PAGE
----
## § Derivative of step is dirac delta

I learnt of the "distributional derivative" today from my friend, Mahathi. Recording this here.

#### § The theory of distributions

As far as I understand, in the theory of distributions, A distribution is simply a linear functional $F: (\mathbb R \rightarrow \mathbb R) \rightarrow \mathbb R$. The two distributions we will focus on today are:
• The step distribution, $step(f) \equiv \int_0^\infty f(x) dx$
• The dirac delta distribution, $\delta(f) = f(0)$.
• Notationally, we write $D(f)$ where $D$ is a distribution, $f$ is a function as $\int D(x) f(x) dx$.
• We can regard any function as a distribution, by sending $f$ to $F(g) \equiv \int f(x) g(x) dx$.
• But it also lets us cook up "functions" like the dirac delta which cannot actually exist as a function. So we move to the wider world of distributions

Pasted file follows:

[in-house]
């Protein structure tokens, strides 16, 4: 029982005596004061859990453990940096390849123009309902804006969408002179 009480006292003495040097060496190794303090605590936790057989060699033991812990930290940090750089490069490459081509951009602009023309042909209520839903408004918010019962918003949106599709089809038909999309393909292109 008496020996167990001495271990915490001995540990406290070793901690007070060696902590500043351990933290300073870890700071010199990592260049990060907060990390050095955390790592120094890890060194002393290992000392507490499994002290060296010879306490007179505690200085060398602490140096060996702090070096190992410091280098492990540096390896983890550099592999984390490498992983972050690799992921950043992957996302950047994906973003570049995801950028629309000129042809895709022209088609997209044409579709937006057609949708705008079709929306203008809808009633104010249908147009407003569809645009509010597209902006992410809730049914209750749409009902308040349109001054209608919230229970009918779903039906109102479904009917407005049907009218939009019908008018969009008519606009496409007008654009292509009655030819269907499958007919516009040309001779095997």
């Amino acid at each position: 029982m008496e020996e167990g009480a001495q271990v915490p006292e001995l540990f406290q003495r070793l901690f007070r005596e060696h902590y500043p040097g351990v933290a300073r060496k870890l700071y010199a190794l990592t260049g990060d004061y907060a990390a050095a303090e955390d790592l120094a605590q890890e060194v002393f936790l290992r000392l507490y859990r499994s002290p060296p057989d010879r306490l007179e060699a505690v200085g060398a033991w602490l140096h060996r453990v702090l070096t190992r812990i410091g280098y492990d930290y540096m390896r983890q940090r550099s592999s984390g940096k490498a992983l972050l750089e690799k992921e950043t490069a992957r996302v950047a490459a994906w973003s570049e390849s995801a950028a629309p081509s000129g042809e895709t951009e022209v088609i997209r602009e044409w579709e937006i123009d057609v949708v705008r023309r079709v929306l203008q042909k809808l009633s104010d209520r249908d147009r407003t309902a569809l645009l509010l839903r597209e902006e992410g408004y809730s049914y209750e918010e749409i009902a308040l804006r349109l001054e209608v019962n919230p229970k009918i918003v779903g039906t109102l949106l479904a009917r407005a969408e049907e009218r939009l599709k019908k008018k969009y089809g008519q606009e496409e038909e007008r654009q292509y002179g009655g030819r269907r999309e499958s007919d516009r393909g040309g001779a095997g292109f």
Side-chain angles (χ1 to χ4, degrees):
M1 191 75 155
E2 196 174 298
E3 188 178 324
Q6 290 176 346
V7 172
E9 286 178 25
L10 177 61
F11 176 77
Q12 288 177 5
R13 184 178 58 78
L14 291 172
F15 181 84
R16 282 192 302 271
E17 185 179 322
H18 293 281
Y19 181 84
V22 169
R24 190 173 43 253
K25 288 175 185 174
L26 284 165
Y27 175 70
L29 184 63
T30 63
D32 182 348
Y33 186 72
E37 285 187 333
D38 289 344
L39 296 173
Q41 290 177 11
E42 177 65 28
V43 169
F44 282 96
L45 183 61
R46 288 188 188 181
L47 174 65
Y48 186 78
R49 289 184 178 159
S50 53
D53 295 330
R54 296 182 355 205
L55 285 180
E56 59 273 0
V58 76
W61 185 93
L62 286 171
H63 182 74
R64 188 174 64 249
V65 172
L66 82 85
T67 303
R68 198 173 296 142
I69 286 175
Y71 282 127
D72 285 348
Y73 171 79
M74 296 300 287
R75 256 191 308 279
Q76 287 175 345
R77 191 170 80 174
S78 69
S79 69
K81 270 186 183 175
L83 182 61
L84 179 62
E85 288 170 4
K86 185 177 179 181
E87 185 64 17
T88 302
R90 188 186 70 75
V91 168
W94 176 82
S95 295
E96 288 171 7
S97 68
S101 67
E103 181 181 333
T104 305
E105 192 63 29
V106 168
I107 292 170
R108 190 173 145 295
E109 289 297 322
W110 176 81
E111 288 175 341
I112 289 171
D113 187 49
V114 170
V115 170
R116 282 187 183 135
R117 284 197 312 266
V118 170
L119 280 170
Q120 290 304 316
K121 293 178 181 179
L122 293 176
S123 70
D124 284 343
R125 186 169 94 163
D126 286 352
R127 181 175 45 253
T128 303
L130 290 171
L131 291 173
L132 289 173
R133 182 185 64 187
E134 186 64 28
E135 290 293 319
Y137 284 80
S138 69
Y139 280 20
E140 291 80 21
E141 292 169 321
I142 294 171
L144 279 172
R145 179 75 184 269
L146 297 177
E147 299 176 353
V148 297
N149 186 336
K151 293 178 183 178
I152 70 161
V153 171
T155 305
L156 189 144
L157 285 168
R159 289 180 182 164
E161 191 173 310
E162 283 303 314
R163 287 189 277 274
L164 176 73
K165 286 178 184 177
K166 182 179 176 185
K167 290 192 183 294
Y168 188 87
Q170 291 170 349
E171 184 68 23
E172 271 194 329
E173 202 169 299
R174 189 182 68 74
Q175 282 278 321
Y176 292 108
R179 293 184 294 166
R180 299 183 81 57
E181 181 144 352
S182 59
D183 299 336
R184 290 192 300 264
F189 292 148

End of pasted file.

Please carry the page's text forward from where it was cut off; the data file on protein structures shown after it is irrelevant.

#### § Derivative of a distribution

Recall that notationally, we wrote $D(f)$ as $\int D(x)f(x) dx$. We now want a good definition of the derivative of the distribution, $D'$. How? well, use chain rule!
\begin{aligned} &\int_0^\infty U dV = [UV]|_0^\infty - \int_0^\infty V dU \\ &\int_0^\infty f(x) D'(x) dx \\ &= [f(x) D(x)]|_0^\infty - \int_0^\infty D f'(x) \end{aligned}
Here, we assume that $f(\infty) = 0$, ahd that $f$ is differentiable at $0$. This is because we only allow ourselves to feed into these distribtions certain classes of functions (test functions), which are "nice". The test functions $f$ (a) decay at infinity, and (b) are smooth. The derivation is:
\begin{aligned} &\int_0^\infty U dV = \int_0^\infty f(x) \delta(x) = f(0) \\ &[UV]|_0^\infty - \int_0^\infty V dU = [f(x) step(x)]|_0^\infty - \int_0^\infty step(x) f'(x) \\ &= [f(\infty)step(\infty) - f(0)step(0)] - step(f') \\ &= [0 - 0] - (\int_0^\infty f'(x) dx) \\ &= 0 - (f(\infty) - f(0)) \\ &= 0 - (0 - f(0)) \\ &= f(0) \end{aligned}
• Thus, the derivative of the step distribution is the dirac delta distribution.